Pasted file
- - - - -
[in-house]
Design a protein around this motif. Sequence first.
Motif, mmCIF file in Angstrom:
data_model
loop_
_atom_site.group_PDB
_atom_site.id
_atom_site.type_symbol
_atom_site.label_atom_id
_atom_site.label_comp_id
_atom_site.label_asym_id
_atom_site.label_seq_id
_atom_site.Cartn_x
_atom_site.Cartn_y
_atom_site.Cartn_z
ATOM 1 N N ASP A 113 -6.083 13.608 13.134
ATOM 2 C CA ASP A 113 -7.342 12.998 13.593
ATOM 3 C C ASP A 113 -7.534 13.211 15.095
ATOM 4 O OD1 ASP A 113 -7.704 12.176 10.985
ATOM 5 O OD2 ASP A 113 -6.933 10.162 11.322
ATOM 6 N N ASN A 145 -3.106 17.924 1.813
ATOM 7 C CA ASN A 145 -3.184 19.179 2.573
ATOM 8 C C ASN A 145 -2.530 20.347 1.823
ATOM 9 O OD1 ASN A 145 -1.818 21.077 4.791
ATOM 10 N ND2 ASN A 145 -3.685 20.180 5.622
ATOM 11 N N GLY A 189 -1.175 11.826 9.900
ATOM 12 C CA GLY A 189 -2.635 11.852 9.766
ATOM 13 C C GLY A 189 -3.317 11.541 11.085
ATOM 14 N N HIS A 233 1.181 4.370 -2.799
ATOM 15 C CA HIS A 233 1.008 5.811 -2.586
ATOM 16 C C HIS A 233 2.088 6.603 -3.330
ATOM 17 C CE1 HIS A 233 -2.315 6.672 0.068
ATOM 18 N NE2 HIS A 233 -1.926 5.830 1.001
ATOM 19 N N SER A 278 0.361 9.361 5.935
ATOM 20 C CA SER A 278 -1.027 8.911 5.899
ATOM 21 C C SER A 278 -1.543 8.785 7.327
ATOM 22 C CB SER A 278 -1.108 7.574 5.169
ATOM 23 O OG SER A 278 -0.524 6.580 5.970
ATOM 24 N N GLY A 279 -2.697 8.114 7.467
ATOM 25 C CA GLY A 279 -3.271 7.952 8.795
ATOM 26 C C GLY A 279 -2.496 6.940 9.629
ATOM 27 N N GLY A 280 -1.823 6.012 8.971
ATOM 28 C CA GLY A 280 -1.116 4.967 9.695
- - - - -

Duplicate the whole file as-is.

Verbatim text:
[in-house]
Design a protein around this motif. Sequence first.
Motif, mmCIF file in Angstrom:
data_model
loop_
_atom_site.group_PDB
_atom_site.id
_atom_site.type_symbol
_atom_site.label_atom_id
_atom_site.label_comp_id
_atom_site.label_asym_id
_atom_site.label_seq_id
_atom_site.Cartn_x
_atom_site.Cartn_y
_atom_site.Cartn_z
ATOM 1 N N ASP A 113 -6.083 13.608 13.134
ATOM 2 C CA ASP A 113 -7.342 12.998 13.593
ATOM 3 C C ASP A 113 -7.534 13.211 15.095
ATOM 4 O OD1 ASP A 113 -7.704 12.176 10.985
ATOM 5 O OD2 ASP A 113 -6.933 10.162 11.322
ATOM 6 N N ASN A 145 -3.106 17.924 1.813
ATOM 7 C CA ASN A 145 -3.184 19.179 2.573
ATOM 8 C C ASN A 145 -2.530 20.347 1.823
ATOM 9 O OD1 ASN A 145 -1.818 21.077 4.791
ATOM 10 N ND2 ASN A 145 -3.685 20.180 5.622
ATOM 11 N N GLY A 189 -1.175 11.826 9.900
ATOM 12 C CA GLY A 189 -2.635 11.852 9.766
ATOM 13 C C GLY A 189 -3.317 11.541 11.085
ATOM 14 N N HIS A 233 1.181 4.370 -2.799
ATOM 15 C CA HIS A 233 1.008 5.811 -2.586
ATOM 16 C C HIS A 233 2.088 6.603 -3.330
ATOM 17 C CE1 HIS A 233 -2.315 6.672 0.068
ATOM 18 N NE2 HIS A 233 -1.926 5.830 1.001
ATOM 19 N N SER A 278 0.361 9.361 5.935
ATOM 20 C CA SER A 278 -1.027 8.911 5.899
ATOM 21 C C SER A 278 -1.543 8.785 7.327
ATOM 22 C CB SER A 278 -1.108 7.574 5.169
ATOM 23 O OG SER A 278 -0.524 6.580 5.970
ATOM 24 N N GLY A 279 -2.697 8.114 7.467
ATOM 25 C CA GLY A 279 -3.271 7.952 8.795
ATOM 26 C C GLY A 279 -2.496 6.940 9.629
ATOM 27 N N GLY A 280 -1.823 6.012 8.971
ATOM 28 C CA GLY A 280 -1.116 4.967 9.695